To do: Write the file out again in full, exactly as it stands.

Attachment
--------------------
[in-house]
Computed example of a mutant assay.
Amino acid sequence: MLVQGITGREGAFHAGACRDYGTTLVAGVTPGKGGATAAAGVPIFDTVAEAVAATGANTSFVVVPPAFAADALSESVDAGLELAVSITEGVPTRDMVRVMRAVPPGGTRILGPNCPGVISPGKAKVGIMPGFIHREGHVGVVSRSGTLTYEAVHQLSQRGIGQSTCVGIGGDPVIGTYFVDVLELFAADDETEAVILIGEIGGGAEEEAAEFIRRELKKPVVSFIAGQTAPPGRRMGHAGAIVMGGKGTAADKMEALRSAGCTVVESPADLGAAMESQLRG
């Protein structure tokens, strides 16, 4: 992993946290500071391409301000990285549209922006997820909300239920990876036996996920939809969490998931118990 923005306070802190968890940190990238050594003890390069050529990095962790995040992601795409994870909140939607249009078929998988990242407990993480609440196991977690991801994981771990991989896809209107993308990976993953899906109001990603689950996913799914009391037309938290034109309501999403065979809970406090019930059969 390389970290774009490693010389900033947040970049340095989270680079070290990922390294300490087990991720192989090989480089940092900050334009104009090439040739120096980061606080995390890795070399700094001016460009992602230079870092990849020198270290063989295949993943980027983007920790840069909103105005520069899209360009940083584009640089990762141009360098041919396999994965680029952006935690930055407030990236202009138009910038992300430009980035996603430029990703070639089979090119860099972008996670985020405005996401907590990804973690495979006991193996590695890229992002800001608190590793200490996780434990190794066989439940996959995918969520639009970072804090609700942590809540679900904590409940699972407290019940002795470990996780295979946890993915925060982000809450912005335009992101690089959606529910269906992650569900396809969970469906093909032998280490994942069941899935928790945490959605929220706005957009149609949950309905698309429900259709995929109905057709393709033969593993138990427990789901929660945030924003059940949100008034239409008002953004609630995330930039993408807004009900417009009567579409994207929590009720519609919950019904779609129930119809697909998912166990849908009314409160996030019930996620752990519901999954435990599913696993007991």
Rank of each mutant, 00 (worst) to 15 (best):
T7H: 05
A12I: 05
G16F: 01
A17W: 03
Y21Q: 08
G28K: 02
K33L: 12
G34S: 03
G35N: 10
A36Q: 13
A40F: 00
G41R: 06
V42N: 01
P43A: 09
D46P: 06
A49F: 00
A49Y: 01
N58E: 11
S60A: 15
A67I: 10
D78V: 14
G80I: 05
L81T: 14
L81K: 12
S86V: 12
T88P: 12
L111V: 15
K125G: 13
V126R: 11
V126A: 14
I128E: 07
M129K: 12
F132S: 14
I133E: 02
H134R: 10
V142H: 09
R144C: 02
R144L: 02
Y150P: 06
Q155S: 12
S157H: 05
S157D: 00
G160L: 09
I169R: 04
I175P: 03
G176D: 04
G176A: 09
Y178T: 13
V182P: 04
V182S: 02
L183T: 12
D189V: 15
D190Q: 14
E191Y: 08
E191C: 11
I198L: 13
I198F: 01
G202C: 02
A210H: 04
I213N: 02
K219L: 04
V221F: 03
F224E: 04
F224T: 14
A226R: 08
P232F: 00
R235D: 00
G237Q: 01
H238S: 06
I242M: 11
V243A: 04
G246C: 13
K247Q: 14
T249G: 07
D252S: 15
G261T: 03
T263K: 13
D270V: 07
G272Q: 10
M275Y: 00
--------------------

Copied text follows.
[in-house]
Computed example of a mutant assay.
Amino acid sequence: MLVQGITGREGAFHAGACRDYGTTLVAGVTPGKGGATAAAGVPIFDTVAEAVAATGANTSFVVVPPAFAADALSESVDAGLELAVSITEGVPTRDMVRVMRAVPPGGTRILGPNCPGVISPGKAKVGIMPGFIHREGHVGVVSRSGTLTYEAVHQLSQRGIGQSTCVGIGGDPVIGTYFVDVLELFAADDETEAVILIGEIGGGAEEEAAEFIRRELKKPVVSFIAGQTAPPGRRMGHAGAIVMGGKGTAADKMEALRSAGCTVVESPADLGAAMESQLRG
């Protein structure tokens, strides 16, 4: 992993946290500071391409301000990285549209922006997820909300239920990876036996996920939809969490998931118990 923005306070802190968890940190990238050594003890390069050529990095962790995040992601795409994870909140939607249009078929998988990242407990993480609440196991977690991801994981771990991989896809209107993308990976993953899906109001990603689950996913799914009391037309938290034109309501999403065979809970406090019930059969 390389970290774009490693010389900033947040970049340095989270680079070290990922390294300490087990991720192989090989480089940092900050334009104009090439040739120096980061606080995390890795070399700094001016460009992602230079870092990849020198270290063989295949993943980027983007920790840069909103105005520069899209360009940083584009640089990762141009360098041919396999994965680029952006935690930055407030990236202009138009910038992300430009980035996603430029990703070639089979090119860099972008996670985020405005996401907590990804973690495979006991193996590695890229992002800001608190590793200490996780434990190794066989439940996959995918969520639009970072804090609700942590809540679900904590409940699972407290019940002795470990996780295979946890993915925060982000809450912005335009992101690089959606529910269906992650569900396809969970469906093909032998280490994942069941899935928790945490959605929220706005957009149609949950309905698309429900259709995929109905057709393709033969593993138990427990789901929660945030924003059940949100008034239409008002953004609630995330930039993408807004009900417009009567579409994207929590009720519609919950019904779609129930119809697909998912166990849908009314409160996030019930996620752990519901999954435990599913696993007991």
Rank of each mutant, 00 (worst) to 15 (best):
T7H: 05
A12I: 05
G16F: 01
A17W: 03
Y21Q: 08
G28K: 02
K33L: 12
G34S: 03
G35N: 10
A36Q: 13
A40F: 00
G41R: 06
V42N: 01
P43A: 09
D46P: 06
A49F: 00
A49Y: 01
N58E: 11
S60A: 15
A67I: 10
D78V: 14
G80I: 05
L81T: 14
L81K: 12
S86V: 12
T88P: 12
L111V: 15
K125G: 13
V126R: 11
V126A: 14
I128E: 07
M129K: 12
F132S: 14
I133E: 02
H134R: 10
V142H: 09
R144C: 02
R144L: 02
Y150P: 06
Q155S: 12
S157H: 05
S157D: 00
G160L: 09
I169R: 04
I175P: 03
G176D: 04
G176A: 09
Y178T: 13
V182P: 04
V182S: 02
L183T: 12
D189V: 15
D190Q: 14
E191Y: 08
E191C: 11
I198L: 13
I198F: 01
G202C: 02
A210H: 04
I213N: 02
K219L: 04
V221F: 03
F224E: 04
F224T: 14
A226R: 08
P232F: 00
R235D: 00
G237Q: 01
H238S: 06
I242M: 11
V243A: 04
G246C: 13
K247Q: 14
T249G: 07
D252S: 15
G261T: 03
T263K: 13
D270V: 07
G272Q: 10
M275Y: 00